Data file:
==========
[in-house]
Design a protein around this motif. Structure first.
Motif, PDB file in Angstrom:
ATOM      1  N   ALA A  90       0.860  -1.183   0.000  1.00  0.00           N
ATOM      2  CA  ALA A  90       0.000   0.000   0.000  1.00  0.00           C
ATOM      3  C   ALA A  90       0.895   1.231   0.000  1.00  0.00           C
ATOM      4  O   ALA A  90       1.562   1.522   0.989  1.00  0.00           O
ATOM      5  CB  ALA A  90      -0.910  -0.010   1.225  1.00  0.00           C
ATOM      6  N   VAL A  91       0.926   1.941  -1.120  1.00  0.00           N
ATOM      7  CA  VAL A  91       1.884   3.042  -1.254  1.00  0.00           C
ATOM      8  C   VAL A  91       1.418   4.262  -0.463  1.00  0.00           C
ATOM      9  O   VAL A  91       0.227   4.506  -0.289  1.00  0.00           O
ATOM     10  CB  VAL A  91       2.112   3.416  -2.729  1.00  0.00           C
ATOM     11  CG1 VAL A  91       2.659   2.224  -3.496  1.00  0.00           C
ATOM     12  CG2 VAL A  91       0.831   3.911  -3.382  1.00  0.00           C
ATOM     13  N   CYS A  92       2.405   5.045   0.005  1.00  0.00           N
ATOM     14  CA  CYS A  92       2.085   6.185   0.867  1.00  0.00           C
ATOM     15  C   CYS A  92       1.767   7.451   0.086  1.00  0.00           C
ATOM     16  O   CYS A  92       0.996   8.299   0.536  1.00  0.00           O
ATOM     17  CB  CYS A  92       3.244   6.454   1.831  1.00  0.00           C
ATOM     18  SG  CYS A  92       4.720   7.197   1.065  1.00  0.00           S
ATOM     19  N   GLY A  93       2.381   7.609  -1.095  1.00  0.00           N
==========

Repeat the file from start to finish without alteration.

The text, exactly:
[in-house]
Design a protein around this motif. Structure first.
Motif, PDB file in Angstrom:
ATOM      1  N   ALA A  90       0.860  -1.183   0.000  1.00  0.00           N
ATOM      2  CA  ALA A  90       0.000   0.000   0.000  1.00  0.00           C
ATOM      3  C   ALA A  90       0.895   1.231   0.000  1.00  0.00           C
ATOM      4  O   ALA A  90       1.562   1.522   0.989  1.00  0.00           O
ATOM      5  CB  ALA A  90      -0.910  -0.010   1.225  1.00  0.00           C
ATOM      6  N   VAL A  91       0.926   1.941  -1.120  1.00  0.00           N
ATOM      7  CA  VAL A  91       1.884   3.042  -1.254  1.00  0.00           C
ATOM      8  C   VAL A  91       1.418   4.262  -0.463  1.00  0.00           C
ATOM      9  O   VAL A  91       0.227   4.506  -0.289  1.00  0.00           O
ATOM     10  CB  VAL A  91       2.112   3.416  -2.729  1.00  0.00           C
ATOM     11  CG1 VAL A  91       2.659   2.224  -3.496  1.00  0.00           C
ATOM     12  CG2 VAL A  91       0.831   3.911  -3.382  1.00  0.00           C
ATOM     13  N   CYS A  92       2.405   5.045   0.005  1.00  0.00           N
ATOM     14  CA  CYS A  92       2.085   6.185   0.867  1.00  0.00           C
ATOM     15  C   CYS A  92       1.767   7.451   0.086  1.00  0.00           C
ATOM     16  O   CYS A  92       0.996   8.299   0.536  1.00  0.00           O
ATOM     17  CB  CYS A  92       3.244   6.454   1.831  1.00  0.00           C
ATOM     18  SG  CYS A  92       4.720   7.197   1.065  1.00  0.00           S
ATOM     19  N   GLY A  93       2.381   7.609  -1.095  1.00  0.00           N